Nine children have been killed by a fire at a Koranic school near the centre of Senegal's capital, Dakar.
The blaze broke out as 45 children aged from six to 12 slept inside a single room with wooden walls and zinc roofing in the Medina district, witnesses said.
A candle is thought to have caused the fire, which began late on Sunday.
Fire engines are reported to have struggled to drive down the narrow road leading to the school, hampering efforts to extinguish the blaze.
Dakar's mayor, Khalifa Sall, told RFM radio that the ramshackle development of densely-populated residential areas in the city made it impossible for the emergency services to operate effectively.
President Macky Sall meanwhile visited the scene of the fire along with senior government officials on Monday and promised to tackle the long-standing issue of Koranic schools.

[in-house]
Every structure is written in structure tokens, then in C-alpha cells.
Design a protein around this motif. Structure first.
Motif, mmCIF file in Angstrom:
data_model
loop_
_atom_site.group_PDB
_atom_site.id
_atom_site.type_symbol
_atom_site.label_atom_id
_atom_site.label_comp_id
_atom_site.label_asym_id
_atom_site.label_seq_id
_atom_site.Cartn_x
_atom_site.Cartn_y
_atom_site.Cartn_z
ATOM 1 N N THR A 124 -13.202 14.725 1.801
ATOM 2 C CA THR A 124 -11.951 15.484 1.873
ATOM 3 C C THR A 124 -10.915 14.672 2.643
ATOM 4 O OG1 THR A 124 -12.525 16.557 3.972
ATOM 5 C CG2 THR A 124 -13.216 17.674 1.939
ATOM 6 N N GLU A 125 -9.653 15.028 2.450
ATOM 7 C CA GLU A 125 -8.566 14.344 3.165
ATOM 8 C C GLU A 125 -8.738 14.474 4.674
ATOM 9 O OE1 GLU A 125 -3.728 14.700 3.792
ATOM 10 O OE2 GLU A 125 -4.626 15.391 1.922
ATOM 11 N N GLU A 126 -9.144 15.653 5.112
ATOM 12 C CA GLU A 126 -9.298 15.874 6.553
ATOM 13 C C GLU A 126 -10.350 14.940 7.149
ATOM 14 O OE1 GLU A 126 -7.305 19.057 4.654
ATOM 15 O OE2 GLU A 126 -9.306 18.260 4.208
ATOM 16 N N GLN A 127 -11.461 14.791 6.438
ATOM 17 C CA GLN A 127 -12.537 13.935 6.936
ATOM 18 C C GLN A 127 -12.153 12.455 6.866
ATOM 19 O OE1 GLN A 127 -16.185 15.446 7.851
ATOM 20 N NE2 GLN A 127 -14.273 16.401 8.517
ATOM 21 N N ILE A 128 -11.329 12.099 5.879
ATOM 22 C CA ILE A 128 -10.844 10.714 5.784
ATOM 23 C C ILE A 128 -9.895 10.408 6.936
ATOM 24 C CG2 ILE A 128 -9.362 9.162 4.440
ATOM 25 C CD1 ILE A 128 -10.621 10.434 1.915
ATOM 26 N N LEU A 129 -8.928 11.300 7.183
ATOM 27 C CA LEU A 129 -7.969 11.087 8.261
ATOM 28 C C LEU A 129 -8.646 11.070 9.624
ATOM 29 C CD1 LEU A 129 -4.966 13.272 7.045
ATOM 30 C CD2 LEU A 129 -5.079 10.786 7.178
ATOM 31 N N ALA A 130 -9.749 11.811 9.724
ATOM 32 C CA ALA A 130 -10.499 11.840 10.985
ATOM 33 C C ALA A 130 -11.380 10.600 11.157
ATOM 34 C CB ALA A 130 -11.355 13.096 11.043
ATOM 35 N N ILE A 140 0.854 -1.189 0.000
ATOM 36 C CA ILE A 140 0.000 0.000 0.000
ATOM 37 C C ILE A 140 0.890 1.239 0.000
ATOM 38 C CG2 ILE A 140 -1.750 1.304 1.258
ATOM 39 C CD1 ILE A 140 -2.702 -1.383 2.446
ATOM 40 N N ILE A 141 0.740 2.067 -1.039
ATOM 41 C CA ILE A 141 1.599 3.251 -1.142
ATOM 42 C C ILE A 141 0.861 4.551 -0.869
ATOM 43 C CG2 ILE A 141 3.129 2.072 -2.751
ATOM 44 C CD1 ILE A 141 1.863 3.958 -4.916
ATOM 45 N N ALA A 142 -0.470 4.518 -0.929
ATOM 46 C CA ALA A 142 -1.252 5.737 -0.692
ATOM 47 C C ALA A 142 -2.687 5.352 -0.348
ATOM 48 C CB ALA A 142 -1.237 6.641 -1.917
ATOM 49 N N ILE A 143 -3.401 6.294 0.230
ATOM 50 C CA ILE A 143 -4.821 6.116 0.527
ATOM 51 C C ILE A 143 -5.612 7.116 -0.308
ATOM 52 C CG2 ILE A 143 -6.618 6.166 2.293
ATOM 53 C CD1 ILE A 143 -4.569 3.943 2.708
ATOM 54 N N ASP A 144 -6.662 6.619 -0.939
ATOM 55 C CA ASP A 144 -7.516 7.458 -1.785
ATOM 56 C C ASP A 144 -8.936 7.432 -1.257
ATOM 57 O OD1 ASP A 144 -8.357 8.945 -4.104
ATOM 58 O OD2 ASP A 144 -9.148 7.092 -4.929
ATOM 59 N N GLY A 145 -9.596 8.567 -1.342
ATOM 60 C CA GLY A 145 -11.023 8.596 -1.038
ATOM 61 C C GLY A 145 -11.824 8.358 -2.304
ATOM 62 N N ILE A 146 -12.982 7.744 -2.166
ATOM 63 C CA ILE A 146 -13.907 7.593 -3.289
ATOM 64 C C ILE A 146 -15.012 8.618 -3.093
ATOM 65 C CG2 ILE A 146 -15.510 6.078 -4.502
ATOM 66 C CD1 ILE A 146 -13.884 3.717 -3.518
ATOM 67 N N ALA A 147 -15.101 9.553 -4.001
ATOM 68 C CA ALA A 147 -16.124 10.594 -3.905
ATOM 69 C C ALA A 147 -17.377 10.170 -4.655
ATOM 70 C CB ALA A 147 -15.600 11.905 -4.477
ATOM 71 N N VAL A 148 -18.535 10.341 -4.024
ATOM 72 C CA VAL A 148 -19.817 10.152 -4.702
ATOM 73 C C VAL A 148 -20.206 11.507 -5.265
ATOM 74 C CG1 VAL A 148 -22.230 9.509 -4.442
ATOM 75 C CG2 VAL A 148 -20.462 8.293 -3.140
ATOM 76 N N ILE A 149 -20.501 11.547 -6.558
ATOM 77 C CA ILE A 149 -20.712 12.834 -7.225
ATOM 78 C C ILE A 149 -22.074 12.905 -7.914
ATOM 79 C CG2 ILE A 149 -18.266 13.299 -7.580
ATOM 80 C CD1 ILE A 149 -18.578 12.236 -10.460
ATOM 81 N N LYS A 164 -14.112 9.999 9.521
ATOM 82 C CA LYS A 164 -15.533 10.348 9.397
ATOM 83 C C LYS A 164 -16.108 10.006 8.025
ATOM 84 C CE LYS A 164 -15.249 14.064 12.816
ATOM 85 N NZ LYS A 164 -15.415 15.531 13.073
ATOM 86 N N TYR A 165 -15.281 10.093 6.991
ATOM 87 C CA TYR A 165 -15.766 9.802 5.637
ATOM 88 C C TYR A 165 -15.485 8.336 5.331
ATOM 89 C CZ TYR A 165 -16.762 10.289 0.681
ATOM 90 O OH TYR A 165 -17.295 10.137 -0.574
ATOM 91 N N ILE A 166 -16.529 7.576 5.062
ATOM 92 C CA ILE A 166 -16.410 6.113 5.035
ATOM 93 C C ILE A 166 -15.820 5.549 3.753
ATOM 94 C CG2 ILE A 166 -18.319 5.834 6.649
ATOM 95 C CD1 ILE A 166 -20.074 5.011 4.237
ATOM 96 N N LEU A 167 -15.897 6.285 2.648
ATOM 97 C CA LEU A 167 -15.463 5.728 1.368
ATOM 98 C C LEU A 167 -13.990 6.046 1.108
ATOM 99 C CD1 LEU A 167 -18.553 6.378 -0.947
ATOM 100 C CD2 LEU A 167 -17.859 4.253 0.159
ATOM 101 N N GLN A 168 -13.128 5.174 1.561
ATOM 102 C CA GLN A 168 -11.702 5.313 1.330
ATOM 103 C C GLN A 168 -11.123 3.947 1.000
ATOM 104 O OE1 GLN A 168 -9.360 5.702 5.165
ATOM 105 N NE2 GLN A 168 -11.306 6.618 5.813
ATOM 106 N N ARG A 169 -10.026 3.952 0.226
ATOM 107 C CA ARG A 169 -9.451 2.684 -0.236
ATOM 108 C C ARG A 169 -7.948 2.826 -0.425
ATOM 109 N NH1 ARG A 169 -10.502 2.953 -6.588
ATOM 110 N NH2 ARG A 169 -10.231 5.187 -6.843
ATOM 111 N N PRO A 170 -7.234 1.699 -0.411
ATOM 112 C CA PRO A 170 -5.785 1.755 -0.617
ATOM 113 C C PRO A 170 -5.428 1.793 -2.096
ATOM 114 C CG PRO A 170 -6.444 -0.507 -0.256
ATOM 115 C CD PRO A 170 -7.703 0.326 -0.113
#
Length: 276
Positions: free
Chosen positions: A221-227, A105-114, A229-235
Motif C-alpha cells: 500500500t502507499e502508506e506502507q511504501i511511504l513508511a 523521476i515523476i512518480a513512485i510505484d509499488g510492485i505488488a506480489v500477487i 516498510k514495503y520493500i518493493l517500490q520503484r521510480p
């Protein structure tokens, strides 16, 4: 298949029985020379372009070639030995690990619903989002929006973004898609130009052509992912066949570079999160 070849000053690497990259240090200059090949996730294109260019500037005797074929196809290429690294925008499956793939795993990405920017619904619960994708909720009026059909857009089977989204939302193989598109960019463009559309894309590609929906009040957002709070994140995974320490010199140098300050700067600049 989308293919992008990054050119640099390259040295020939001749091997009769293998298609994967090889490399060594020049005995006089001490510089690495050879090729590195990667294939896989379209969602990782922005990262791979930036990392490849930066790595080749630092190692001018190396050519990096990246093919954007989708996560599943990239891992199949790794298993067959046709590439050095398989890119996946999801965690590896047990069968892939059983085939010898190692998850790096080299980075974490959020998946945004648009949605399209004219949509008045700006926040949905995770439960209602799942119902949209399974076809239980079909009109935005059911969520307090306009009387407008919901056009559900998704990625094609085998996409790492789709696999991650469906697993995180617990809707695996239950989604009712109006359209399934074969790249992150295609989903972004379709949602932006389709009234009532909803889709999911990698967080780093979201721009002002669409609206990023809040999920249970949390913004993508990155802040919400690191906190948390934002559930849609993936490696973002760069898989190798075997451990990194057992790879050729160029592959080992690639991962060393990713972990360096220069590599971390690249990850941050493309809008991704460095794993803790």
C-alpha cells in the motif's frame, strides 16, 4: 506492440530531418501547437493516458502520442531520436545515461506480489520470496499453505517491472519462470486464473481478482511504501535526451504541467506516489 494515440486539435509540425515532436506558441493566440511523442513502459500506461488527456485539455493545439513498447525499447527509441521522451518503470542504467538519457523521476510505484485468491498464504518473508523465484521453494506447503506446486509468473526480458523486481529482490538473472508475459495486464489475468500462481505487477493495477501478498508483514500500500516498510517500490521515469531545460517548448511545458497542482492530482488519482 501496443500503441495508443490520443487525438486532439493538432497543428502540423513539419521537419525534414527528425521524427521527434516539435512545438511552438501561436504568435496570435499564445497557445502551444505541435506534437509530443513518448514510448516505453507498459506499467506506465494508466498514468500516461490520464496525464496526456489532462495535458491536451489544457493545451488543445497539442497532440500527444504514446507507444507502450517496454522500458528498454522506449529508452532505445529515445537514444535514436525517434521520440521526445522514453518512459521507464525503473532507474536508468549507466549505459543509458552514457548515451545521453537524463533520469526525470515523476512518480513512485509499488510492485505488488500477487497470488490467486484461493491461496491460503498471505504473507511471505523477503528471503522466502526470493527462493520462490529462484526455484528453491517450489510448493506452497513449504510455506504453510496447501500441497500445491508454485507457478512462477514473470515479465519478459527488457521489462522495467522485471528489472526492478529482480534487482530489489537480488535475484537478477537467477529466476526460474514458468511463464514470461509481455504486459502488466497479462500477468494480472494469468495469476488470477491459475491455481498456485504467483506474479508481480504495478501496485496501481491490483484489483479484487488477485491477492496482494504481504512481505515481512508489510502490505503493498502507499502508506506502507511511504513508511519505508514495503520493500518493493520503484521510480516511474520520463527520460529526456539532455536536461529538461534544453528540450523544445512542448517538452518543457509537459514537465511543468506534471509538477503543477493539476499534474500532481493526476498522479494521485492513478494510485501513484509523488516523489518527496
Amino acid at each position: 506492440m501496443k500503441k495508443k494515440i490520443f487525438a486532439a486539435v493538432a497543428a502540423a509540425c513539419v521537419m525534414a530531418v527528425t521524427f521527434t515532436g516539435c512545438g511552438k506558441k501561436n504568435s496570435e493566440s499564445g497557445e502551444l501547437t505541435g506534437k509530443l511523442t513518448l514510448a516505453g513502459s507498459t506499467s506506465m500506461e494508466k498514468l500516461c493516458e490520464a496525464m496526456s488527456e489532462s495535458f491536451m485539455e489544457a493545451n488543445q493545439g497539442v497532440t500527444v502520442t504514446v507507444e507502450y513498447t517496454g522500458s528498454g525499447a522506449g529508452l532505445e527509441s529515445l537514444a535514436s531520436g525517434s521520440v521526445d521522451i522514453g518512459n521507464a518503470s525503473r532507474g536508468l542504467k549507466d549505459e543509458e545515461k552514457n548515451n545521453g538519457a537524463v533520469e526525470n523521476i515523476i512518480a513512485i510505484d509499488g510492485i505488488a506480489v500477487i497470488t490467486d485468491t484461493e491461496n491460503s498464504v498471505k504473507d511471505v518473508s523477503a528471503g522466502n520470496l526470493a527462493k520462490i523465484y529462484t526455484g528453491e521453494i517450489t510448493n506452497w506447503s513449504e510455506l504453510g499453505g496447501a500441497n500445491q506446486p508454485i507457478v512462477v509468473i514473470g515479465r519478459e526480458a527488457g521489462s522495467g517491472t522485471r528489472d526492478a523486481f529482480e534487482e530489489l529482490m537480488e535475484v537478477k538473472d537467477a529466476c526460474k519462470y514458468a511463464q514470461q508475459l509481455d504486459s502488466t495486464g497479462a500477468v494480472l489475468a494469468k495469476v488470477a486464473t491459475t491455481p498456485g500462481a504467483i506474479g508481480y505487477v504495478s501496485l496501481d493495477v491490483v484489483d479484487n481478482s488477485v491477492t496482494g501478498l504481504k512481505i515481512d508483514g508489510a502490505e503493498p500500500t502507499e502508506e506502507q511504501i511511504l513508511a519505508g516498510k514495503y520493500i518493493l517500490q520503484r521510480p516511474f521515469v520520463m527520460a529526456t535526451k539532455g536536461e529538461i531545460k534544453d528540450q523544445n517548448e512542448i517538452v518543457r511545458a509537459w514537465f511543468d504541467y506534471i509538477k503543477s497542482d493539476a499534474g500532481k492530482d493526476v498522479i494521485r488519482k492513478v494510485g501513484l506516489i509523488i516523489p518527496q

The BBC's Thomas Fessy in Dakar says human rights groups have repeatedly warned of the poor conditions in which children are housed in such schools, and some teachers have been accused of abuses.
Most of the pupils - known as "talibe" in the local language, Wolof - end up begging on the streets for money and food which they have to take back to their teachers, our correspondent adds.